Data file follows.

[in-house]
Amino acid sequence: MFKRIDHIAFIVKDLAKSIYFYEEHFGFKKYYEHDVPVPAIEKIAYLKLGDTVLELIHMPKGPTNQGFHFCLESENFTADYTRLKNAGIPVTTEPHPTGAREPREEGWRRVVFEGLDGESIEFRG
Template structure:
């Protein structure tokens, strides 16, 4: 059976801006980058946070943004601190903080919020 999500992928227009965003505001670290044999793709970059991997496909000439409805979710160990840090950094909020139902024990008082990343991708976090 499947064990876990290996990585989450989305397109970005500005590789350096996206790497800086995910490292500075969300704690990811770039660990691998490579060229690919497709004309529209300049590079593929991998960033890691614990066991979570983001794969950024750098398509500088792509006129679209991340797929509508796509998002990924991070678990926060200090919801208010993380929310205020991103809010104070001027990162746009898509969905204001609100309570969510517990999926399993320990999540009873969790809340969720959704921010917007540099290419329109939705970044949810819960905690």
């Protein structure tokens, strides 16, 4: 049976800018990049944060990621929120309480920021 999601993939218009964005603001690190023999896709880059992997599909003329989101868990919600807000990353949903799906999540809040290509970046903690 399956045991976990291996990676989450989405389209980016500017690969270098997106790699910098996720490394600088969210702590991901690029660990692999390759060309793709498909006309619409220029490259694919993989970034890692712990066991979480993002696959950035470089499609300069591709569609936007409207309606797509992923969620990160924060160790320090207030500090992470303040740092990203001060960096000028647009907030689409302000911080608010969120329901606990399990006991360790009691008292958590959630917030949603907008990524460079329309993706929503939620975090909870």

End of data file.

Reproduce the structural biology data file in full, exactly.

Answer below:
[in-house]
Amino acid sequence: MFKRIDHIAFIVKDLAKSIYFYEEHFGFKKYYEHDVPVPAIEKIAYLKLGDTVLELIHMPKGPTNQGFHFCLESENFTADYTRLKNAGIPVTTEPHPTGAREPREEGWRRVVFEGLDGESIEFRG
Template structure:
């Protein structure tokens, strides 16, 4: 059976801006980058946070943004601190903080919020 999500992928227009965003505001670290044999793709970059991997496909000439409805979710160990840090950094909020139902024990008082990343991708976090 499947064990876990290996990585989450989305397109970005500005590789350096996206790497800086995910490292500075969300704690990811770039660990691998490579060229690919497709004309529209300049590079593929991998960033890691614990066991979570983001794969950024750098398509500088792509006129679209991340797929509508796509998002990924991070678990926060200090919801208010993380929310205020991103809010104070001027990162746009898509969905204001609100309570969510517990999926399993320990999540009873969790809340969720959704921010917007540099290419329109939705970044949810819960905690």
């Protein structure tokens, strides 16, 4: 049976800018990049944060990621929120309480920021 999601993939218009964005603001690190023999896709880059992997599909003329989101868990919600807000990353949903799906999540809040290509970046903690 399956045991976990291996990676989450989405389209980016500017690969270098997106790699910098996720490394600088969210702590991901690029660990692999390759060309793709498909006309619409220029490259694919993989970034890692712990066991979480993002696959950035470089499609300069591709569609936007409207309606797509992923969620990160924060160790320090207030500090992470303040740092990203001060960096000028647009907030689409302000911080608010969120329901606990399990006991360790009691008292958590959630917030949603907008990524460079329309993706929503939620975090909870």